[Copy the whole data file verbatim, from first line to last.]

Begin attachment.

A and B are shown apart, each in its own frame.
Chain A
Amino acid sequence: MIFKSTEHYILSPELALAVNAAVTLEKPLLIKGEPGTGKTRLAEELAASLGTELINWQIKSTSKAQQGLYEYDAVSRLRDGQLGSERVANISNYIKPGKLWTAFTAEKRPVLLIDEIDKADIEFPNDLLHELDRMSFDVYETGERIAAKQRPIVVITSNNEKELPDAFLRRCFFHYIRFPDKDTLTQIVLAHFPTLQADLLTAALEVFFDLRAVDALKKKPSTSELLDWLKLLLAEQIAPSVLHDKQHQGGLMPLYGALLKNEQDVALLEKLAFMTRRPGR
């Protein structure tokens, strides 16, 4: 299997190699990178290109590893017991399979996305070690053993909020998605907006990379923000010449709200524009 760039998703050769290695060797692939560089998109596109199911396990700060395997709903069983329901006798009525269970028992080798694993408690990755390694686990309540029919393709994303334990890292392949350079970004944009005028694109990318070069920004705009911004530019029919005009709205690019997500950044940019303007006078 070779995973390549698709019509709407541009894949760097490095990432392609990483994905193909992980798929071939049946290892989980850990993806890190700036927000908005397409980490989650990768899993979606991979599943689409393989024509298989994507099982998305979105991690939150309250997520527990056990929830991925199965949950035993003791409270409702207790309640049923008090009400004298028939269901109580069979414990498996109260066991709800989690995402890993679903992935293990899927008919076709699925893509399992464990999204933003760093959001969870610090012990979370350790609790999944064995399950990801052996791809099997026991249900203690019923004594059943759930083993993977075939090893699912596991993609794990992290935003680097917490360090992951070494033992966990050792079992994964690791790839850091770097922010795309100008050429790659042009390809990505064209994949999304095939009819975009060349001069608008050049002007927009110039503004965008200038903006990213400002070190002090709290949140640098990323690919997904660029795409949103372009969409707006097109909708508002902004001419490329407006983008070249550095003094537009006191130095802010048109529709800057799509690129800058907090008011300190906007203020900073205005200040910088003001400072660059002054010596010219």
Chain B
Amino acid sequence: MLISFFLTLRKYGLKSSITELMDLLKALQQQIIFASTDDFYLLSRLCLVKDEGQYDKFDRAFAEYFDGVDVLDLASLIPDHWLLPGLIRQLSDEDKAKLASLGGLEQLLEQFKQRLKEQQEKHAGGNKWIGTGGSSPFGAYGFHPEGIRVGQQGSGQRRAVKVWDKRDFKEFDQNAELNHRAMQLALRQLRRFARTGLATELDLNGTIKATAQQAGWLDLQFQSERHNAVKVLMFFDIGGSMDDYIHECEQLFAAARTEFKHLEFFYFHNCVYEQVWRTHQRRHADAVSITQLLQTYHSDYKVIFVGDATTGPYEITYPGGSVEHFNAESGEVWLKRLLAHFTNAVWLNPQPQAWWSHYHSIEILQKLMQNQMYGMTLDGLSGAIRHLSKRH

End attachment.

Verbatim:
A and B are shown apart, each in its own frame.
Chain A
Amino acid sequence: MIFKSTEHYILSPELALAVNAAVTLEKPLLIKGEPGTGKTRLAEELAASLGTELINWQIKSTSKAQQGLYEYDAVSRLRDGQLGSERVANISNYIKPGKLWTAFTAEKRPVLLIDEIDKADIEFPNDLLHELDRMSFDVYETGERIAAKQRPIVVITSNNEKELPDAFLRRCFFHYIRFPDKDTLTQIVLAHFPTLQADLLTAALEVFFDLRAVDALKKKPSTSELLDWLKLLLAEQIAPSVLHDKQHQGGLMPLYGALLKNEQDVALLEKLAFMTRRPGR
């Protein structure tokens, strides 16, 4: 299997190699990178290109590893017991399979996305070690053993909020998605907006990379923000010449709200524009 760039998703050769290695060797692939560089998109596109199911396990700060395997709903069983329901006798009525269970028992080798694993408690990755390694686990309540029919393709994303334990890292392949350079970004944009005028694109990318070069920004705009911004530019029919005009709205690019997500950044940019303007006078 070779995973390549698709019509709407541009894949760097490095990432392609990483994905193909992980798929071939049946290892989980850990993806890190700036927000908005397409980490989650990768899993979606991979599943689409393989024509298989994507099982998305979105991690939150309250997520527990056990929830991925199965949950035993003791409270409702207790309640049923008090009400004298028939269901109580069979414990498996109260066991709800989690995402890993679903992935293990899927008919076709699925893509399992464990999204933003760093959001969870610090012990979370350790609790999944064995399950990801052996791809099997026991249900203690019923004594059943759930083993993977075939090893699912596991993609794990992290935003680097917490360090992951070494033992966990050792079992994964690791790839850091770097922010795309100008050429790659042009390809990505064209994949999304095939009819975009060349001069608008050049002007927009110039503004965008200038903006990213400002070190002090709290949140640098990323690919997904660029795409949103372009969409707006097109909708508002902004001419490329407006983008070249550095003094537009006191130095802010048109529709800057799509690129800058907090008011300190906007203020900073205005200040910088003001400072660059002054010596010219």
Chain B
Amino acid sequence: MLISFFLTLRKYGLKSSITELMDLLKALQQQIIFASTDDFYLLSRLCLVKDEGQYDKFDRAFAEYFDGVDVLDLASLIPDHWLLPGLIRQLSDEDKAKLASLGGLEQLLEQFKQRLKEQQEKHAGGNKWIGTGGSSPFGAYGFHPEGIRVGQQGSGQRRAVKVWDKRDFKEFDQNAELNHRAMQLALRQLRRFARTGLATELDLNGTIKATAQQAGWLDLQFQSERHNAVKVLMFFDIGGSMDDYIHECEQLFAAARTEFKHLEFFYFHNCVYEQVWRTHQRRHADAVSITQLLQTYHSDYKVIFVGDATTGPYEITYPGGSVEHFNAESGEVWLKRLLAHFTNAVWLNPQPQAWWSHYHSIEILQKLMQNQMYGMTLDGLSGAIRHLSKRH